Compliments are good for you. A genuine, well-placed compliment can boost self-esteem, motivation and fulfillment — whether you’re giving the compliment or receiving it.

Sometimes, the most effective compliments of all are the ones you “conduct” instead of give. Compliment conducting is the skill of seeding a compliment behind the scenes, like a midfielder toeing a leading pass to the striker. You’re prompting someone else who is in a better position to give the compliment.

Here’s a story to illustrate compliment conducting:

My friend slumped in his chair. “I might not want to do my job anymore,” he said. “I’m thinking about quitting.”

We all leaned in around the table. “What’s going on?” I asked.

He told us he’d been promoted and was about to start a big project. He’s responsible for the physical safety of his employees, among other things.

He was afraid someone could get hurt on his watch. “I’m not sure I’m cut out for this,” he confided.


“But the guys love you,” said another friend who works in the same firm.

My friend smiled politely, but I saw the compliment skip right past him. Now was a time for compliment conducting.

“What do they say about him?” I asked the co-worker friend.

“Oh, they’re always glad when he’s assigned to manage a project they’re on,” she said.

“Yes, but what do they say?” I asked, wanting my friend to get the full glow of the compliment.

“They’ll say ‘Yeah!’ and pump their fist and have a big smile,” she said. “They ask for him specifically. They know there won’t be any dumb mistakes or drama when he’s in charge.


“And they know they’ll be safe,” she added.

I watched the compliment land. I watched my friend’s shoulders straighten and a smile spread across his face. I couldn’t have given him the compliment because I don’t have firsthand knowledge of his work performance, but I could prompt his co-worker to do so.

Genuine compliments are not just about being nice and giving someone a verbal present, however. They are also good management.

Research out of Japan found that compliments help improve performance in a similar way to receiving a cash reward, according to Forbes.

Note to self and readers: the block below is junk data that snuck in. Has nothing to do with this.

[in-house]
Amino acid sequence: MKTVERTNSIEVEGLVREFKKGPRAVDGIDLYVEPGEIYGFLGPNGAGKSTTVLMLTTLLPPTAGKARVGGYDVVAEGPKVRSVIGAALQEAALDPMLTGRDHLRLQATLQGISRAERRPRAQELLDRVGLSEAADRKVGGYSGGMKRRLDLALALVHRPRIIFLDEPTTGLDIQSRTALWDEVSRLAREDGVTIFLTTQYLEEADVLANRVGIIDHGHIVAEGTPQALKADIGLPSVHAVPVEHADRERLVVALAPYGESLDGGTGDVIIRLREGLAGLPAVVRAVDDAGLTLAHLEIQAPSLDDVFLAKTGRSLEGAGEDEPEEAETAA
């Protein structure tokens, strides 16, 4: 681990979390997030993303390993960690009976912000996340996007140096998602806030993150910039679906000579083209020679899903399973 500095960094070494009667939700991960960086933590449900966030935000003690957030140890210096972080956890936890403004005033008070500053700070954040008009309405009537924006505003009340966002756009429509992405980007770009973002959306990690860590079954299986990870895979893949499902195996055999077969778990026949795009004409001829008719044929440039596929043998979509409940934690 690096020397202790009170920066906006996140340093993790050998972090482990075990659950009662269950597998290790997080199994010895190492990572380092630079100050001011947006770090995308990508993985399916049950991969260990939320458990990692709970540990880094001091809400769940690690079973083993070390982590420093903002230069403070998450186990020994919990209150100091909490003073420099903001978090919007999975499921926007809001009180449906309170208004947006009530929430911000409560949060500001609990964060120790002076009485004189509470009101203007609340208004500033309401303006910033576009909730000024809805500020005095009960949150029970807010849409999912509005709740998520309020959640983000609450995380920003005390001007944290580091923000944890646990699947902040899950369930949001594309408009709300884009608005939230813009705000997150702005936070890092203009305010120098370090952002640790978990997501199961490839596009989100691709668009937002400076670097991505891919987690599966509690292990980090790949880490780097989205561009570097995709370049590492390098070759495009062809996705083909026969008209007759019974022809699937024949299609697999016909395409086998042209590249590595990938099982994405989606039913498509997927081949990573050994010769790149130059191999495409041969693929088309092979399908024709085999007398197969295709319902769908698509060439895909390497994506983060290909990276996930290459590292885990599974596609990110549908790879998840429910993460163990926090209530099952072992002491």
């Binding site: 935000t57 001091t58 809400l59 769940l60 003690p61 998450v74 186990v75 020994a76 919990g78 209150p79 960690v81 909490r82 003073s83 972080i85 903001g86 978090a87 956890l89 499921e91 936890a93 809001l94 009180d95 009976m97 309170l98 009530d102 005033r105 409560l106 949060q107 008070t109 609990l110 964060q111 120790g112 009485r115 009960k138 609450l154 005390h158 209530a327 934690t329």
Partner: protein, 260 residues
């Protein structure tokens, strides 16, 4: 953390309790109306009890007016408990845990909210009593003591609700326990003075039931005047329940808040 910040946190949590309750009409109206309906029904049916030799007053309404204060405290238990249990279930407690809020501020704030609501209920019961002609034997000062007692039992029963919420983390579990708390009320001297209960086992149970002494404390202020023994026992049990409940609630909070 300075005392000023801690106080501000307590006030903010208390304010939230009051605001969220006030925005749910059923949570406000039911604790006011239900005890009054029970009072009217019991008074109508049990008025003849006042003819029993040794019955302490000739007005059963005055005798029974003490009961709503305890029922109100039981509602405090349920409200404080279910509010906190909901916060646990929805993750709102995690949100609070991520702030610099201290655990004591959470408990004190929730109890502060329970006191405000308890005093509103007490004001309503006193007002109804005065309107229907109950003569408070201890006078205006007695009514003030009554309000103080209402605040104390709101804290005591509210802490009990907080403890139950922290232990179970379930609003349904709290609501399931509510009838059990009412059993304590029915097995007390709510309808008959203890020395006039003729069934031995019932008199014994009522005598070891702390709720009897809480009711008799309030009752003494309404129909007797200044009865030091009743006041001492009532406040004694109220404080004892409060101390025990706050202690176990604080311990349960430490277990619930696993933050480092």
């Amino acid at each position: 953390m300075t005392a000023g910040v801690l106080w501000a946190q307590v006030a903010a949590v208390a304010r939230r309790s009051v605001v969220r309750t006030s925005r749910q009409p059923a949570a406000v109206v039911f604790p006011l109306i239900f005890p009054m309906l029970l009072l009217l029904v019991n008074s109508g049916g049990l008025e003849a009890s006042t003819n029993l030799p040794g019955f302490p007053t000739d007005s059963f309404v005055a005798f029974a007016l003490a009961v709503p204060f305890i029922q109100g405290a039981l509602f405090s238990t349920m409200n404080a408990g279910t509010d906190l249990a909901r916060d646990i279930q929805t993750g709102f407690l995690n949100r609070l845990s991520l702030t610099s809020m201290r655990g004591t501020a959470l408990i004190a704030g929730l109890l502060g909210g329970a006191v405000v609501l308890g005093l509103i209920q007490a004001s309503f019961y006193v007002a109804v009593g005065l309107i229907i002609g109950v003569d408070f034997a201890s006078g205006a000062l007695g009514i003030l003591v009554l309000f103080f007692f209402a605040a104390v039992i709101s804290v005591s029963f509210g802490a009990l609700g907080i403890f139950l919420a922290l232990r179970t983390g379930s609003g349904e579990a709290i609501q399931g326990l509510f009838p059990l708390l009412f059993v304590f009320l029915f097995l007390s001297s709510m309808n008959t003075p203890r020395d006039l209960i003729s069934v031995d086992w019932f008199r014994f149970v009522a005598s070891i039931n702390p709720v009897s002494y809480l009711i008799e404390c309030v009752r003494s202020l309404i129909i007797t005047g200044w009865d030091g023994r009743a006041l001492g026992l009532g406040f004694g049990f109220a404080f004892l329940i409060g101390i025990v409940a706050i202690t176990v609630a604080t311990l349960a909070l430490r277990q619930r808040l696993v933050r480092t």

“We’ve been able to find scientific proof that a person performs better when they receive a social reward after completing an exercise,” said Norihiro Sadato, a professor at the National Institute for Physiological Sciences in Japan.

Researchers theorize that complimenting someone’s efforts acts as a catalyst for better “skill consolidation” during sleep, according to Forbes. Praise seems to provide the right memory boost for the brain to more efficiently consolidate learning while asleep.

Giving and receiving compliments is important for well-being, regardless of how senior you are in your career.


“Who gives you compliments at work?” I asked one of my coaching clients, a senior vice president at a local manufacturing company who wanted to work on his confidence and motivation.

“Oh, at this level we’re expected to perform without appreciation or acknowledgment,” he said. “We’re supposed to give positive feedback, not need it ourselves.”

After I finished shaking my head, we strategized about where he could get genuine and specific compliments at work, identifying trusted allies who could point out what he does well, as a tactic to boost his energy, determination and confidence.

One last story to illustrate compliment conducting in the wild:

As I’ve mentioned in this column, I’ve been taking improv classes (where I don’t get many compliments!). Our instructor is a skilled and experienced improvisational actor who performs at a local theater.

“You were great the other night!” one of my classmates told him.

I saw that polite smile on our teacher’s face and jumped into compliment conducting: “What did he do that was great?” I asked.


“Oh, he was great!” my classmate said.

“Yeah, you said, but what did he do that was great?” I asked again, pinning down my classmate.

My classmate paused for a moment, and then looked at our instructor.

“You were as comfortable up there on that stage as you are here in this classroom, and as I imagine you are in your own home,” my classmate said. “You were just you up there, even though you were performing in front of a couple of hundred people.”

I watched the genuine smile spread across our teacher’s face.

“Thanks, I needed that,” he said.